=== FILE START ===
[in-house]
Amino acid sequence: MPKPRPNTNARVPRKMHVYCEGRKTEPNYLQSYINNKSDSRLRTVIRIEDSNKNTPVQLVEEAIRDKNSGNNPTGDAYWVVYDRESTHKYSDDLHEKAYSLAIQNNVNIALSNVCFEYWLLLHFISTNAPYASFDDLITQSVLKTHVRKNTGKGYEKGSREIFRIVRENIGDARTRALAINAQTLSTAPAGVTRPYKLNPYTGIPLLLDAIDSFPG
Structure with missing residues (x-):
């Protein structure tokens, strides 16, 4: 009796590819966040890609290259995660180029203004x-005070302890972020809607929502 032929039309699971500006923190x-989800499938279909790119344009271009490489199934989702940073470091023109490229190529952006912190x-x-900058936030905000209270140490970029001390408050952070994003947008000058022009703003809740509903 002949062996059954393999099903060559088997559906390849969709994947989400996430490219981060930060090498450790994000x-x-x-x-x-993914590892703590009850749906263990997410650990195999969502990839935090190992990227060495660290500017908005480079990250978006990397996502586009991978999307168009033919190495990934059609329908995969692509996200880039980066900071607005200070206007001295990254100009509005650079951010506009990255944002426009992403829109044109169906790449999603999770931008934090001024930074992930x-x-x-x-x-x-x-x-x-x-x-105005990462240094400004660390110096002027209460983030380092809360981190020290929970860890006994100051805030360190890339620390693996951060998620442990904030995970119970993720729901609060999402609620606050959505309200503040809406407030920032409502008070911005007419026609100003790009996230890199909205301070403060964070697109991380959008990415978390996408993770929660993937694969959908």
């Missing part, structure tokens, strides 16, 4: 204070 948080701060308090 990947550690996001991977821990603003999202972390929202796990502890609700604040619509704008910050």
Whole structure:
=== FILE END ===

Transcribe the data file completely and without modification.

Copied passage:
[in-house]
Amino acid sequence: MPKPRPNTNARVPRKMHVYCEGRKTEPNYLQSYINNKSDSRLRTVIRIEDSNKNTPVQLVEEAIRDKNSGNNPTGDAYWVVYDRESTHKYSDDLHEKAYSLAIQNNVNIALSNVCFEYWLLLHFISTNAPYASFDDLITQSVLKTHVRKNTGKGYEKGSREIFRIVRENIGDARTRALAINAQTLSTAPAGVTRPYKLNPYTGIPLLLDAIDSFPG
Structure with missing residues (x-):
């Protein structure tokens, strides 16, 4: 009796590819966040890609290259995660180029203004x-005070302890972020809607929502 032929039309699971500006923190x-989800499938279909790119344009271009490489199934989702940073470091023109490229190529952006912190x-x-900058936030905000209270140490970029001390408050952070994003947008000058022009703003809740509903 002949062996059954393999099903060559088997559906390849969709994947989400996430490219981060930060090498450790994000x-x-x-x-x-993914590892703590009850749906263990997410650990195999969502990839935090190992990227060495660290500017908005480079990250978006990397996502586009991978999307168009033919190495990934059609329908995969692509996200880039980066900071607005200070206007001295990254100009509005650079951010506009990255944002426009992403829109044109169906790449999603999770931008934090001024930074992930x-x-x-x-x-x-x-x-x-x-x-105005990462240094400004660390110096002027209460983030380092809360981190020290929970860890006994100051805030360190890339620390693996951060998620442990904030995970119970993720729901609060999402609620606050959505309200503040809406407030920032409502008070911005007419026609100003790009996230890199909205301070403060964070697109991380959008990415978390996408993770929660993937694969959908």
């Missing part, structure tokens, strides 16, 4: 204070 948080701060308090 990947550690996001991977821990603003999202972390929202796990502890609700604040619509704008910050």
Whole structure: